Proceedings of The Physiological Society

Experimental Models (Exeter, UK) (2018) Proc Physiol Soc 40, PC09

Poster Communications

Of Mice and Men to "Animal Farm": Selecting animal models based on homologous protein primary sequences?

H. A. Widmer1, S. F. Cruickshank1, I. C. Rowe1, A. Strath1

1. School of Pharmacy & Life Science, Robert Gordon University, Aberdeen, Aberdeenshire, United Kingdom.


The choice of rodents as primary models for the investigation and better understanding of human diseases has been challenged (1-2). Poor results in clinical trials of promising lead compounds have prompted calls to refocus at least some of translational research onto larger animals with closer molecular matches and disease-relevant physiology to human (3). 27-28 million cattle, sheep and pigs were slaughtered in the UK in 2014 (4) while large farm animals represented 1,3% of the 4 million total animals used in scientific procedures over the same time period - a fraction of the numbers slaughtered for food (5). Rodents represented 83% of all animals used in regulated experimental procedures. There is an opportunity to make better use of our resources and reduce our reliance on rodent models through the choice of large animal tissue where evidence exists to support its use. The molecular match of potential large animal target proteins to human homologs could form part of that evidence-based decision making process in choosing appropriate animal models. We have undertaken a preliminary study and present data obtained by comparing the primary sequence of ten distinct proteins in rodents (rat & mouse) and in large farm animals (pigs, cattle & sheep) with their homologous human sequences. The ten proteins were: kv2.1; kv1.5; BKCa; TREK-1; Kir6.2; vasopressin receptor V1a; TGFb1; CTLA-4; IL23; and CD55; and have roles ranging from regulating membrane potential to monitoring cellular metabolism or modulating inflammatory/immune responses. We used three separate approaches: protein primary sequence alignment; phylogenetic analysis; and similar protein searches (UniProt UniRef) to establish species ranking with respect to their match to human. All three approaches yielded similar patterns with farm animal homologs closer-sometimes dramatically so- to the human homolog than either of the rodent forms in 7 out of 9 proteins. CD55's poor homologous sequence alignment resulted in its exclusion from further study. The ranking of the two remaining proteins, kir6.2 and avpr1a, appeared to be approach-dependant- with both sequence alignment and phylogenetic analysis finding the rodent kir6.2 to be closer to the human than any of the farm animal homologs while phylogenetic analysis found only the rodent vasopressin receptor to be closer to human. As for the similar protein search method, a rodent homolog was never found to be closer to human than any of the farm animal homologs. We propose that bioinformatics approaches, as described here, can help inform decision making in the selection of appropriate model species by giving consideration to the molecular identity of the target proteins. Better use of abattoir tissues may be an ethical and effective route to improvements in translational and pharmaceutical research.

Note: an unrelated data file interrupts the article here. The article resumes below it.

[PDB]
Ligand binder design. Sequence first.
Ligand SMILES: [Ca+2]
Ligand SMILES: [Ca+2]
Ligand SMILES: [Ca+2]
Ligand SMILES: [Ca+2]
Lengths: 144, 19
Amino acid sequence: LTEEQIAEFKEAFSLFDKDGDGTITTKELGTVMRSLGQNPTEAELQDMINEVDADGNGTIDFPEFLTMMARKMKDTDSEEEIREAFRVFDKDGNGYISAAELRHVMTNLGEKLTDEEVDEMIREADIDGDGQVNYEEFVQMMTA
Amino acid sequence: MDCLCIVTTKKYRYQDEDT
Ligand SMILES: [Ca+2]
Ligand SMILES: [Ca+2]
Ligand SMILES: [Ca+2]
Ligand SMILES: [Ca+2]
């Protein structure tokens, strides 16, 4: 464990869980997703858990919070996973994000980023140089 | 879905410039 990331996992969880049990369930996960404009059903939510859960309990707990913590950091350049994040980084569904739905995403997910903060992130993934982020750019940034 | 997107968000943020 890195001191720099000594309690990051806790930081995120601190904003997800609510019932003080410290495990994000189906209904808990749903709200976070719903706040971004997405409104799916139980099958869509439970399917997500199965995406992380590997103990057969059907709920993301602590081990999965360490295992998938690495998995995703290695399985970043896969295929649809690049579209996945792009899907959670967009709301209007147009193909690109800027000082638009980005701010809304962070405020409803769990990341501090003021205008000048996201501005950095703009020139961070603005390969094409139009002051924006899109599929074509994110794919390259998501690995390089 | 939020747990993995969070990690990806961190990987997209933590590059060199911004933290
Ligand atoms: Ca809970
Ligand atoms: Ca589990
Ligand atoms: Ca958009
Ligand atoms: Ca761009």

Where applicable, experiments conform with Society ethical requirements